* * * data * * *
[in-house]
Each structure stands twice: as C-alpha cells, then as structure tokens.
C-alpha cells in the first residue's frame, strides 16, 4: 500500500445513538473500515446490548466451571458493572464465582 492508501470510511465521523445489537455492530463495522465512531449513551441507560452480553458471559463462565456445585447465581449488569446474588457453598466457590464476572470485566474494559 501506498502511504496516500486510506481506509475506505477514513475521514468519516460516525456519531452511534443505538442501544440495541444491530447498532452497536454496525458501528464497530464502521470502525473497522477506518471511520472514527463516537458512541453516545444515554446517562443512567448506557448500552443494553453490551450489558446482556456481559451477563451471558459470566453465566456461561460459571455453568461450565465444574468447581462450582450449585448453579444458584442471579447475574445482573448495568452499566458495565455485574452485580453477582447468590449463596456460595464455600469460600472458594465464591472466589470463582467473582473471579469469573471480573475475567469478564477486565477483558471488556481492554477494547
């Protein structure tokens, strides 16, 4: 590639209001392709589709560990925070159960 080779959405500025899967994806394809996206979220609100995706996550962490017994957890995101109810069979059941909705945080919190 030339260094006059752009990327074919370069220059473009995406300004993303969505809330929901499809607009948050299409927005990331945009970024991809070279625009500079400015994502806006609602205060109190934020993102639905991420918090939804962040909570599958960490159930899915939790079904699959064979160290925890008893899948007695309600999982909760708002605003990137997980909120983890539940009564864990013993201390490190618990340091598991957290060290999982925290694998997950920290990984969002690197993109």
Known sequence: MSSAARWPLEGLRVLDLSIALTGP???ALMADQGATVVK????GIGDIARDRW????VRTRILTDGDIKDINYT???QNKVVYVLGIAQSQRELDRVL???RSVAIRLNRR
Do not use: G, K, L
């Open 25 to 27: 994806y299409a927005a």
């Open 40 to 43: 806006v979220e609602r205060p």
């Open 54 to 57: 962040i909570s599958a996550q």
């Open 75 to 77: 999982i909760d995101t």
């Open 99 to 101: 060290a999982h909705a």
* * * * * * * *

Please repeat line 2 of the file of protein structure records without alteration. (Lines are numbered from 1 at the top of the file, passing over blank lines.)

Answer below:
Each structure stands twice: as C-alpha cells, then as structure tokens.